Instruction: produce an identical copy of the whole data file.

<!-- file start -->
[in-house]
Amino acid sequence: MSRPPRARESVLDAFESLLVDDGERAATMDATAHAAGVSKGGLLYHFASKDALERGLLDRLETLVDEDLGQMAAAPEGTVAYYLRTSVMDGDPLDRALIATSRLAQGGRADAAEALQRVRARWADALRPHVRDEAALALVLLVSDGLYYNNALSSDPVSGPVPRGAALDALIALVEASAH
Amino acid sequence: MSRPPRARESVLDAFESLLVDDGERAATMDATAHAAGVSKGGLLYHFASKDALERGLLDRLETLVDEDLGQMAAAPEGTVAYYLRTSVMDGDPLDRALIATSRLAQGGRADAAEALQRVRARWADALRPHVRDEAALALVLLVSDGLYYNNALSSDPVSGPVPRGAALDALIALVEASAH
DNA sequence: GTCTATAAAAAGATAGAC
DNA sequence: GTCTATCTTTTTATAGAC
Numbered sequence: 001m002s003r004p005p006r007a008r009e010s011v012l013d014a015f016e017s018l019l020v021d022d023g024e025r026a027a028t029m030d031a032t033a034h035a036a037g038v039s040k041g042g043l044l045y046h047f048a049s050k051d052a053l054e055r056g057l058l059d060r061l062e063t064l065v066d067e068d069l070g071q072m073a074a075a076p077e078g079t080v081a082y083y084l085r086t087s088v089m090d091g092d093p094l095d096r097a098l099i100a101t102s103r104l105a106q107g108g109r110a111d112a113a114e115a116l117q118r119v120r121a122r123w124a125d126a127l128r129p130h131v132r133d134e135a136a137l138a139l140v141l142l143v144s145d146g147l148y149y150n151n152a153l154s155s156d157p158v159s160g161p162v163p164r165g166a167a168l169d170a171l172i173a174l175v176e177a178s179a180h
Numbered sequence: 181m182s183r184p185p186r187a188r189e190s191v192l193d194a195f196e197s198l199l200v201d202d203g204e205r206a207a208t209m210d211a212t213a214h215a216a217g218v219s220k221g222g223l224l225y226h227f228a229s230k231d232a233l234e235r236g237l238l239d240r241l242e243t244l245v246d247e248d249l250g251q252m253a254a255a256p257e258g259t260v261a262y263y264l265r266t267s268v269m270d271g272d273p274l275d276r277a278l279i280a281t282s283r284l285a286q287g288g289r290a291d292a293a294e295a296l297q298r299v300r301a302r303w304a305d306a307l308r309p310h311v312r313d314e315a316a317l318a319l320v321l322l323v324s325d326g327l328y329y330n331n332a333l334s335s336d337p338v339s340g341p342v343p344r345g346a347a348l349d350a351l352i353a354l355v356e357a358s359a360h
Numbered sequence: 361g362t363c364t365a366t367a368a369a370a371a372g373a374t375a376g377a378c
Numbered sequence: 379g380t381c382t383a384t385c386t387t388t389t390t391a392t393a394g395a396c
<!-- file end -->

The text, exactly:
[in-house]
Amino acid sequence: MSRPPRARESVLDAFESLLVDDGERAATMDATAHAAGVSKGGLLYHFASKDALERGLLDRLETLVDEDLGQMAAAPEGTVAYYLRTSVMDGDPLDRALIATSRLAQGGRADAAEALQRVRARWADALRPHVRDEAALALVLLVSDGLYYNNALSSDPVSGPVPRGAALDALIALVEASAH
Amino acid sequence: MSRPPRARESVLDAFESLLVDDGERAATMDATAHAAGVSKGGLLYHFASKDALERGLLDRLETLVDEDLGQMAAAPEGTVAYYLRTSVMDGDPLDRALIATSRLAQGGRADAAEALQRVRARWADALRPHVRDEAALALVLLVSDGLYYNNALSSDPVSGPVPRGAALDALIALVEASAH
DNA sequence: GTCTATAAAAAGATAGAC
DNA sequence: GTCTATCTTTTTATAGAC
Numbered sequence: 001m002s003r004p005p006r007a008r009e010s011v012l013d014a015f016e017s018l019l020v021d022d023g024e025r026a027a028t029m030d031a032t033a034h035a036a037g038v039s040k041g042g043l044l045y046h047f048a049s050k051d052a053l054e055r056g057l058l059d060r061l062e063t064l065v066d067e068d069l070g071q072m073a074a075a076p077e078g079t080v081a082y083y084l085r086t087s088v089m090d091g092d093p094l095d096r097a098l099i100a101t102s103r104l105a106q107g108g109r110a111d112a113a114e115a116l117q118r119v120r121a122r123w124a125d126a127l128r129p130h131v132r133d134e135a136a137l138a139l140v141l142l143v144s145d146g147l148y149y150n151n152a153l154s155s156d157p158v159s160g161p162v163p164r165g166a167a168l169d170a171l172i173a174l175v176e177a178s179a180h
Numbered sequence: 181m182s183r184p185p186r187a188r189e190s191v192l193d194a195f196e197s198l199l200v201d202d203g204e205r206a207a208t209m210d211a212t213a214h215a216a217g218v219s220k221g222g223l224l225y226h227f228a229s230k231d232a233l234e235r236g237l238l239d240r241l242e243t244l245v246d247e248d249l250g251q252m253a254a255a256p257e258g259t260v261a262y263y264l265r266t267s268v269m270d271g272d273p274l275d276r277a278l279i280a281t282s283r284l285a286q287g288g289r290a291d292a293a294e295a296l297q298r299v300r301a302r303w304a305d306a307l308r309p310h311v312r313d314e315a316a317l318a319l320v321l322l323v324s325d326g327l328y329y330n331n332a333l334s335s336d337p338v339s340g341p342v343p344r345g346a347a348l349d350a351l352i353a354l355v356e357a358s359a360h
Numbered sequence: 361g362t363c364t365a366t367a368a369a370a371a372g373a374t375a376g377a378c
Numbered sequence: 379g380t381c382t383a384t385c386t387t388t389t390t391a392t393a394g395a396c